“This is Keith, he’s in a band”, were the words of introduction from a race track marketing guy. With the realisation that this PR guy had no clue who the Prodigy are, Keith grinned, then with a wink said, “The missus is a DJ, I love my bikes, we gotta find something in common!” I don’t recall being capable of saying anything by way of reply and trust me, rarely am I speechless.
Whilst I used to be no slouch on the track, Keith was fast, ridiculously fast and there was no way I was even going to try and keep up with him. I resigned my mind to the fact that this guy was good at EVERYTHING. His on track performance was as fast, furious and flighty as his stage show, yet was always measured and just right. His off bike charisma was a delight too. Meeting fans, making conversation, signing autographs, giving selfies and reeling off one-liners seemed to be a pleasure for Keith and his expression was one a million miles away from the ‘game face’ some celebs don to greet their fans.
His passion for music was solid and although I argued with gusto, I couldn’t convince him that Faithless were actually the original EDM pioneers that still endure today. He seemed to think the Prodigy were bigger (that’s bias there!) Keith’s two-wheeled passion was totally unequivocal though – he wanted to ride his Suzuki GSXR1000 “like I’ve f*****g stolen it, ha ha”. And didn’t he.
In the biker fraternity we are all just people on machines and there is no rank or hierarchy. On track or off track we are a family. On road we look after each other irrespective of differences in means, creed or preference. Having heard the news today (and not even getting a whiff of it back then), I can see why Keith was so passionate about the bike family. As with many in the entertainment and media industries, a hobby / sport / club / pastime / passion / surrogate family, call it what you will, can give a huge feeling of belonging that many lack so badly. The focus on something so different can be a welcome break from (what may be a dream job to many, but to a few of us can be) total routine. Occasionally torturous routine bordering on abusive.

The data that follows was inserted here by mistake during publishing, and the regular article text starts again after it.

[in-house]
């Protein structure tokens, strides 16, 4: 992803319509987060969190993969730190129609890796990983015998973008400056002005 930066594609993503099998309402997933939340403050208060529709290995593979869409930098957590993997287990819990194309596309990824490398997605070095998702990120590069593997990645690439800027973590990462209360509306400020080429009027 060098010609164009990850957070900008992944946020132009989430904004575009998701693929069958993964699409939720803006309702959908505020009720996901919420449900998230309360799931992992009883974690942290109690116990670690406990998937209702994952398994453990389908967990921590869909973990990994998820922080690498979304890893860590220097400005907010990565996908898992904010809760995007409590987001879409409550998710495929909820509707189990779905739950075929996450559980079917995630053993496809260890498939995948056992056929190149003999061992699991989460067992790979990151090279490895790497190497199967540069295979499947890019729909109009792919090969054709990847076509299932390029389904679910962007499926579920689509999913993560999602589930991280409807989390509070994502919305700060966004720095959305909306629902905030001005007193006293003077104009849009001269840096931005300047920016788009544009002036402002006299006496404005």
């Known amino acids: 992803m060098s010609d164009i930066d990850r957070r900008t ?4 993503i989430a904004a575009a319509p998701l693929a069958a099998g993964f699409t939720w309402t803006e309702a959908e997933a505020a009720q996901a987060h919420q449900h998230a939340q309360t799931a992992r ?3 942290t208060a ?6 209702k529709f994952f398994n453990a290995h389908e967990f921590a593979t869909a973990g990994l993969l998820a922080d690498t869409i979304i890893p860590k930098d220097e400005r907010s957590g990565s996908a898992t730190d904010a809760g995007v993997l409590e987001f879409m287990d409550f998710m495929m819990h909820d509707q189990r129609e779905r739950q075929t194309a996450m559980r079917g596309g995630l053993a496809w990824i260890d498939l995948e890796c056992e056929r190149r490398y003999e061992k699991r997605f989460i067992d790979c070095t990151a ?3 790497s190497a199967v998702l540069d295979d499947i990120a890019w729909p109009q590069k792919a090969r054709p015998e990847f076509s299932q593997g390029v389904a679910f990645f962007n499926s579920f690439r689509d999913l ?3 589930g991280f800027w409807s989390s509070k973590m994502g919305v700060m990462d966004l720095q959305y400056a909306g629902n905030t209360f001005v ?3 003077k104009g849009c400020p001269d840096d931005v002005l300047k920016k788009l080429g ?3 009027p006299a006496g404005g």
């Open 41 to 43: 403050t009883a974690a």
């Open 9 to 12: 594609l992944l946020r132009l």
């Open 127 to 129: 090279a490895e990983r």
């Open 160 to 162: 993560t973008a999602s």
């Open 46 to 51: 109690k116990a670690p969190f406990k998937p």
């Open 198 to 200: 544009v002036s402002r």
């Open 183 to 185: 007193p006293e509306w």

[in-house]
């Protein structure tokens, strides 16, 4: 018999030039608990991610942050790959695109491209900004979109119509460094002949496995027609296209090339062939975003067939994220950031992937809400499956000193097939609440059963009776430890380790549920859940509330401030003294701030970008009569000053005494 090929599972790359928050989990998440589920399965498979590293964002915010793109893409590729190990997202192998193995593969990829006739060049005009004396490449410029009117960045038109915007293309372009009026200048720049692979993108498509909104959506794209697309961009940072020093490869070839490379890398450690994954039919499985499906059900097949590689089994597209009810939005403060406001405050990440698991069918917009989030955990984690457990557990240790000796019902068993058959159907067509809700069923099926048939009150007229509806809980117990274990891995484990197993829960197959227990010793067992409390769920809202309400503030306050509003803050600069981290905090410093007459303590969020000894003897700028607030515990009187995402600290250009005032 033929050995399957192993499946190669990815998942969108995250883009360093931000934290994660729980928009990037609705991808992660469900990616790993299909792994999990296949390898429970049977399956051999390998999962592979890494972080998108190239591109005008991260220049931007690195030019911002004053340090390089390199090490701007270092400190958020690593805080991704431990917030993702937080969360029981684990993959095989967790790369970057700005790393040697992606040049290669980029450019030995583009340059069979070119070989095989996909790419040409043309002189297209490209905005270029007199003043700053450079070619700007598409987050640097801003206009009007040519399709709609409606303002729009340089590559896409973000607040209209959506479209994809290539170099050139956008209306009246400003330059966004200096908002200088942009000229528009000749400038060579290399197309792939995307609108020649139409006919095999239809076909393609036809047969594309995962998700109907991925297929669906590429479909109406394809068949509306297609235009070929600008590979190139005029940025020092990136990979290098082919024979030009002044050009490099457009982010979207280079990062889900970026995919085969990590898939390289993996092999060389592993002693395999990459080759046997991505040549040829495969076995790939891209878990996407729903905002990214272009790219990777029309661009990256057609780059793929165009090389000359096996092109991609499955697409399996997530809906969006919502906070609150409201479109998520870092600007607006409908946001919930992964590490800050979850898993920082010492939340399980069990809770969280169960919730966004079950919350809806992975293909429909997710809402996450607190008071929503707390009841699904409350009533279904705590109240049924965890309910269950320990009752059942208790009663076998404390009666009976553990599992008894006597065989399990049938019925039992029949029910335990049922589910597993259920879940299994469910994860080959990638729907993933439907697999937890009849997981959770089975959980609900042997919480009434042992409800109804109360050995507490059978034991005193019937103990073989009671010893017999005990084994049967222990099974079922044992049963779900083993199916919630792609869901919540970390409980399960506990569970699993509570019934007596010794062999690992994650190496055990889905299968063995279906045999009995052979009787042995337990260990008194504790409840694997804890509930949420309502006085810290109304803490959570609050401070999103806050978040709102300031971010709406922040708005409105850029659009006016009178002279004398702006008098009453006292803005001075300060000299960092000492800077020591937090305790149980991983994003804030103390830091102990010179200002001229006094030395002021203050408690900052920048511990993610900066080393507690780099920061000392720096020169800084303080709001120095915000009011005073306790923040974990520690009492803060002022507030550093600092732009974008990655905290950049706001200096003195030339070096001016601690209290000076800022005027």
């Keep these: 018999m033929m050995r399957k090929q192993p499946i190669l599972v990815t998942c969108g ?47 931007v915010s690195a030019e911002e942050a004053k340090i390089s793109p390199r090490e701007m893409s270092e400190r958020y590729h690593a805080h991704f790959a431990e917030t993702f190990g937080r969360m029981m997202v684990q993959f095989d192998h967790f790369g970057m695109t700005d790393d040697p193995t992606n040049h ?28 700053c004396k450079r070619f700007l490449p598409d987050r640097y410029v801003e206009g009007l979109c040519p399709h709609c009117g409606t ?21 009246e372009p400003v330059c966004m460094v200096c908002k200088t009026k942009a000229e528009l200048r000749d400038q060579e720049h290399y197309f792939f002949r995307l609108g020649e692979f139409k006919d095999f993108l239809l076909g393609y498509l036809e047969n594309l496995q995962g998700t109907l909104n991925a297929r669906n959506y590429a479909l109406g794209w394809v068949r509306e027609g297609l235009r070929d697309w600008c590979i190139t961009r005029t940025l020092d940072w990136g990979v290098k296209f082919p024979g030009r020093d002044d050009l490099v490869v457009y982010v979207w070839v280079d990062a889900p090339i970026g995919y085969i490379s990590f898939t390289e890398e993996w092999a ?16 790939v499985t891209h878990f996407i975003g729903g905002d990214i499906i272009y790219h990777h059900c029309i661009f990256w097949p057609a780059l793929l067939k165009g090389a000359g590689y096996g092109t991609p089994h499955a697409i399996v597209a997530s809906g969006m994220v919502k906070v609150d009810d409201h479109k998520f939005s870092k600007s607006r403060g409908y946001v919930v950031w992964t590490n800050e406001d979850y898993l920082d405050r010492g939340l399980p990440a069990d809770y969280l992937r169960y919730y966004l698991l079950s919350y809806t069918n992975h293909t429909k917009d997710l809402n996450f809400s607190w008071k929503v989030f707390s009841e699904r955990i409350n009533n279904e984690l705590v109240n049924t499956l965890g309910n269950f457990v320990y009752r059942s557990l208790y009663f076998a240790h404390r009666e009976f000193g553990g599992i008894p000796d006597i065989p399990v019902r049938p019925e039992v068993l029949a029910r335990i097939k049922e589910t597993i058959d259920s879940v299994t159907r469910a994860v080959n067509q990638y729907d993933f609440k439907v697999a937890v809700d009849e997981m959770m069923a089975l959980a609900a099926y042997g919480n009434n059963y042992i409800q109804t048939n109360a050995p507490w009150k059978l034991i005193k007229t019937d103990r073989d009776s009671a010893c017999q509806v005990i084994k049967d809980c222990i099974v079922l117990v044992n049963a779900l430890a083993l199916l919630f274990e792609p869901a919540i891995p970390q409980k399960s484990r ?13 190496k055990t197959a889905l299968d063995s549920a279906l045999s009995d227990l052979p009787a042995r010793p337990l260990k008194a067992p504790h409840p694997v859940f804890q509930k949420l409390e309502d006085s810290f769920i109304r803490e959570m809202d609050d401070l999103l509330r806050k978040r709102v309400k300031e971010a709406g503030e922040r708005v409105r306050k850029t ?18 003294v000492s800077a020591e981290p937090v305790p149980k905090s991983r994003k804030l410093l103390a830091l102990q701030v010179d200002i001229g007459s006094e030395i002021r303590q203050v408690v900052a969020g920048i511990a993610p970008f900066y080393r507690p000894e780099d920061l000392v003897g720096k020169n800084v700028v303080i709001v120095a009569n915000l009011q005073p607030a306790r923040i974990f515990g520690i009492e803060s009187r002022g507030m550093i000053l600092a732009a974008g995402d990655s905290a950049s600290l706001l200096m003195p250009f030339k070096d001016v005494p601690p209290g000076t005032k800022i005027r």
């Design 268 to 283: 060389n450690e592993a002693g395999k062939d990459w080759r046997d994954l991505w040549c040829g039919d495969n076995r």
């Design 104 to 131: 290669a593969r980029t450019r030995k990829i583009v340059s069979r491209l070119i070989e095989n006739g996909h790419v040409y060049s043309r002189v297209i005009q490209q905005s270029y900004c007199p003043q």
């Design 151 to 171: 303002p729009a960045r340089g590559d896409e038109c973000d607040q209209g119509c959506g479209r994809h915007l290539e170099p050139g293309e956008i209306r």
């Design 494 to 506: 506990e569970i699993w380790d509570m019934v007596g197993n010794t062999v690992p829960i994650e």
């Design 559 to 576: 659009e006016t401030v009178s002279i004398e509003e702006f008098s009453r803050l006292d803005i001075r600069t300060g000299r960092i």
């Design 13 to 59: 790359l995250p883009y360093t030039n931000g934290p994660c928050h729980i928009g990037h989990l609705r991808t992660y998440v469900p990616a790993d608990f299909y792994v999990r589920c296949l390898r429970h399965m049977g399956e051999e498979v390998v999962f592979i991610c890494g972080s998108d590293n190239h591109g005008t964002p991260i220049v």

Having been open about my own depression and dependency issues in the past, so many mates (and mates of mates) have come to me and said, ‘what do you REALLY know about depression, you’re a DJ and play bangers for hotties’! (usually said with a lol and friendly smile). I wonder (with a very heavy heart) how many said that to Avicii over the years and at what point he stopped even listening let alone arguing back. Similarly, was Keith told, “I’ve see you on stage, dude. You looked fine to me!” Of course he did, we do, it’s our walk and that’s what makes us so good at what we do. How can you play to 50,000 people (who may be insatiable with delirium at your performance) but still stand there and feel so despairingly alone? A question I have all too much time and too many late nights to ponder.
If you’re worried about someone then please start a conversation with them. It’s so good to receive that reach-out irrespective of who you are or where you’re from, after all. the highest high and the lowest low are all the same – too far from where you know you should be. Distance is distance. Often empty space.
God, I’d have loved to have helped Keith as I will with anyone that has inherited that black dog but sadly it’s too late. Instead, tonight, I shall toast him with a Jack (probably followed by the rest of the bottle), start a fire and then smack my bitch up (although I maintain Faithless are still better!!!). And I guarantee you this, when the hangover fog recedes enough for me to face leathers and a lid, I shall ride my bike like I FUCKING STOLE IT, Keith, Ha ha. RIP Brother.